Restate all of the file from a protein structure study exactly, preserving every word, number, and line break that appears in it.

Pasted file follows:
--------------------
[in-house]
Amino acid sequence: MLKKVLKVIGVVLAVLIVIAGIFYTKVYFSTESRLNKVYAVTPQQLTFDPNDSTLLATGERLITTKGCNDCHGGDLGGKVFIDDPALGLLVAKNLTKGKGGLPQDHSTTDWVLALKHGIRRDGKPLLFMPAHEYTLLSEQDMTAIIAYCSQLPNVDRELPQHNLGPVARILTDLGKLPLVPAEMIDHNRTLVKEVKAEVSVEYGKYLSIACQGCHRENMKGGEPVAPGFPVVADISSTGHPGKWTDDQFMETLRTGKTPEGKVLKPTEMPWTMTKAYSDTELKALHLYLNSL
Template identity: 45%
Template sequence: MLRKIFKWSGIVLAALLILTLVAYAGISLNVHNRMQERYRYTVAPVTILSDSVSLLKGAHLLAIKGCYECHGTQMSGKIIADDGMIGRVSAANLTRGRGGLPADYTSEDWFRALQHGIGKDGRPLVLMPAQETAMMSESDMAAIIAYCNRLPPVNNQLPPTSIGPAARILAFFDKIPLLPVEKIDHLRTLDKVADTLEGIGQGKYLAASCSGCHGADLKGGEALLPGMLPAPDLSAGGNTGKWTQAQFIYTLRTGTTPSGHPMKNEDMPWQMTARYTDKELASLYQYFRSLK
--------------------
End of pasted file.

[in-house]
Amino acid sequence: MLKKVLKVIGVVLAVLIVIAGIFYTKVYFSTESRLNKVYAVTPQQLTFDPNDSTLLATGERLITTKGCNDCHGGDLGGKVFIDDPALGLLVAKNLTKGKGGLPQDHSTTDWVLALKHGIRRDGKPLLFMPAHEYTLLSEQDMTAIIAYCSQLPNVDRELPQHNLGPVARILTDLGKLPLVPAEMIDHNRTLVKEVKAEVSVEYGKYLSIACQGCHRENMKGGEPVAPGFPVVADISSTGHPGKWTDDQFMETLRTGKTPEGKVLKPTEMPWTMTKAYSDTELKALHLYLNSL
Template identity: 45%
Template sequence: MLRKIFKWSGIVLAALLILTLVAYAGISLNVHNRMQERYRYTVAPVTILSDSVSLLKGAHLLAIKGCYECHGTQMSGKIIADDGMIGRVSAANLTRGRGGLPADYTSEDWFRALQHGIGKDGRPLVLMPAQETAMMSESDMAAIIAYCNRLPPVNNQLPPTSIGPAARILAFFDKIPLLPVEKIDHLRTLDKVADTLEGIGQGKYLAASCSGCHGADLKGGEALLPGMLPAPDLSAGGNTGKWTQAQFIYTLRTGTTPSGHPMKNEDMPWQMTARYTDKELASLYQYFRSLK